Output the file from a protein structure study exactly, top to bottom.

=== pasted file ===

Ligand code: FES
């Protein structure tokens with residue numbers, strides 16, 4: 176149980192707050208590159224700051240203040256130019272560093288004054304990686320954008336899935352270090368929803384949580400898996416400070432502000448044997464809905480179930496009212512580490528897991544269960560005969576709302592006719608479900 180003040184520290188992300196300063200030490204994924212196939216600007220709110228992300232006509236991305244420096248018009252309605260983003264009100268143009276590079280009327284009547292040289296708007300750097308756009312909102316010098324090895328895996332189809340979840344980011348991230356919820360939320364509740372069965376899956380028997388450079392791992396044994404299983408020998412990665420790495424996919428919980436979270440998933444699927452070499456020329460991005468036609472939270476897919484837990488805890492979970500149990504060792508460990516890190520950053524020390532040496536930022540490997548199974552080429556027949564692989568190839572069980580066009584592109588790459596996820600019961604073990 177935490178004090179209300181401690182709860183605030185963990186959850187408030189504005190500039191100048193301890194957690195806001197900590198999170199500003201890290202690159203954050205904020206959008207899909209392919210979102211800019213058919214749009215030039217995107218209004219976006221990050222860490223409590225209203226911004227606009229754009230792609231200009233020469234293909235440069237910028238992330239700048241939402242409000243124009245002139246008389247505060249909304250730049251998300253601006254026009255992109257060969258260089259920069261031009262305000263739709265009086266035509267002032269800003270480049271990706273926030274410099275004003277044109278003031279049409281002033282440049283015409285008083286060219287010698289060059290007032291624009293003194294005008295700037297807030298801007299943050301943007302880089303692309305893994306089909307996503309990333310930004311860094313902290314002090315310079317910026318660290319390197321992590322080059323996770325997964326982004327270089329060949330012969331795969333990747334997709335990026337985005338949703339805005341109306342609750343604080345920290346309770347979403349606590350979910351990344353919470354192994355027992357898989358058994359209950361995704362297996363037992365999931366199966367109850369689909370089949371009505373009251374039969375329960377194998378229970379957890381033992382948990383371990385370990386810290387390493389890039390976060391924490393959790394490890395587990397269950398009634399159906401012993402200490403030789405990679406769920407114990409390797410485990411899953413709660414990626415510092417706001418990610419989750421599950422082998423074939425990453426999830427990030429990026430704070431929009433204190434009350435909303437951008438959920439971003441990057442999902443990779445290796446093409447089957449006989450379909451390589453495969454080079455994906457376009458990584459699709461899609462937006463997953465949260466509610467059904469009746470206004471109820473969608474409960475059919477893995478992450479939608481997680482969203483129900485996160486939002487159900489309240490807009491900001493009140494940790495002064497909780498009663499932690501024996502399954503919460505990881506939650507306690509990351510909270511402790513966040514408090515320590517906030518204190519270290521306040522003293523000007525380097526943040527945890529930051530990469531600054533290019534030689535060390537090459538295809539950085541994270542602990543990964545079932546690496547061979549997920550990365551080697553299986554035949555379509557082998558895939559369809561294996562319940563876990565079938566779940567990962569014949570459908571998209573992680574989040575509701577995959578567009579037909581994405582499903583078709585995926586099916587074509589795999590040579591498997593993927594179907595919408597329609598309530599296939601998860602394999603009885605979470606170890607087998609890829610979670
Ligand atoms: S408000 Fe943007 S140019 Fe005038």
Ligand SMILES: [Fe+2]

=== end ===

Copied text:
Ligand code: FES
């Protein structure tokens with residue numbers, strides 16, 4: 176149980192707050208590159224700051240203040256130019272560093288004054304990686320954008336899935352270090368929803384949580400898996416400070432502000448044997464809905480179930496009212512580490528897991544269960560005969576709302592006719608479900 180003040184520290188992300196300063200030490204994924212196939216600007220709110228992300232006509236991305244420096248018009252309605260983003264009100268143009276590079280009327284009547292040289296708007300750097308756009312909102316010098324090895328895996332189809340979840344980011348991230356919820360939320364509740372069965376899956380028997388450079392791992396044994404299983408020998412990665420790495424996919428919980436979270440998933444699927452070499456020329460991005468036609472939270476897919484837990488805890492979970500149990504060792508460990516890190520950053524020390532040496536930022540490997548199974552080429556027949564692989568190839572069980580066009584592109588790459596996820600019961604073990 177935490178004090179209300181401690182709860183605030185963990186959850187408030189504005190500039191100048193301890194957690195806001197900590198999170199500003201890290202690159203954050205904020206959008207899909209392919210979102211800019213058919214749009215030039217995107218209004219976006221990050222860490223409590225209203226911004227606009229754009230792609231200009233020469234293909235440069237910028238992330239700048241939402242409000243124009245002139246008389247505060249909304250730049251998300253601006254026009255992109257060969258260089259920069261031009262305000263739709265009086266035509267002032269800003270480049271990706273926030274410099275004003277044109278003031279049409281002033282440049283015409285008083286060219287010698289060059290007032291624009293003194294005008295700037297807030298801007299943050301943007302880089303692309305893994306089909307996503309990333310930004311860094313902290314002090315310079317910026318660290319390197321992590322080059323996770325997964326982004327270089329060949330012969331795969333990747334997709335990026337985005338949703339805005341109306342609750343604080345920290346309770347979403349606590350979910351990344353919470354192994355027992357898989358058994359209950361995704362297996363037992365999931366199966367109850369689909370089949371009505373009251374039969375329960377194998378229970379957890381033992382948990383371990385370990386810290387390493389890039390976060391924490393959790394490890395587990397269950398009634399159906401012993402200490403030789405990679406769920407114990409390797410485990411899953413709660414990626415510092417706001418990610419989750421599950422082998423074939425990453426999830427990030429990026430704070431929009433204190434009350435909303437951008438959920439971003441990057442999902443990779445290796446093409447089957449006989450379909451390589453495969454080079455994906457376009458990584459699709461899609462937006463997953465949260466509610467059904469009746470206004471109820473969608474409960475059919477893995478992450479939608481997680482969203483129900485996160486939002487159900489309240490807009491900001493009140494940790495002064497909780498009663499932690501024996502399954503919460505990881506939650507306690509990351510909270511402790513966040514408090515320590517906030518204190519270290521306040522003293523000007525380097526943040527945890529930051530990469531600054533290019534030689535060390537090459538295809539950085541994270542602990543990964545079932546690496547061979549997920550990365551080697553299986554035949555379509557082998558895939559369809561294996562319940563876990565079938566779940567990962569014949570459908571998209573992680574989040575509701577995959578567009579037909581994405582499903583078709585995926586099916587074509589795999590040579591498997593993927594179907595919408597329609598309530599296939601998860602394999603009885605979470606170890607087998609890829610979670
Ligand atoms: S408000 Fe943007 S140019 Fe005038």
Ligand SMILES: [Fe+2]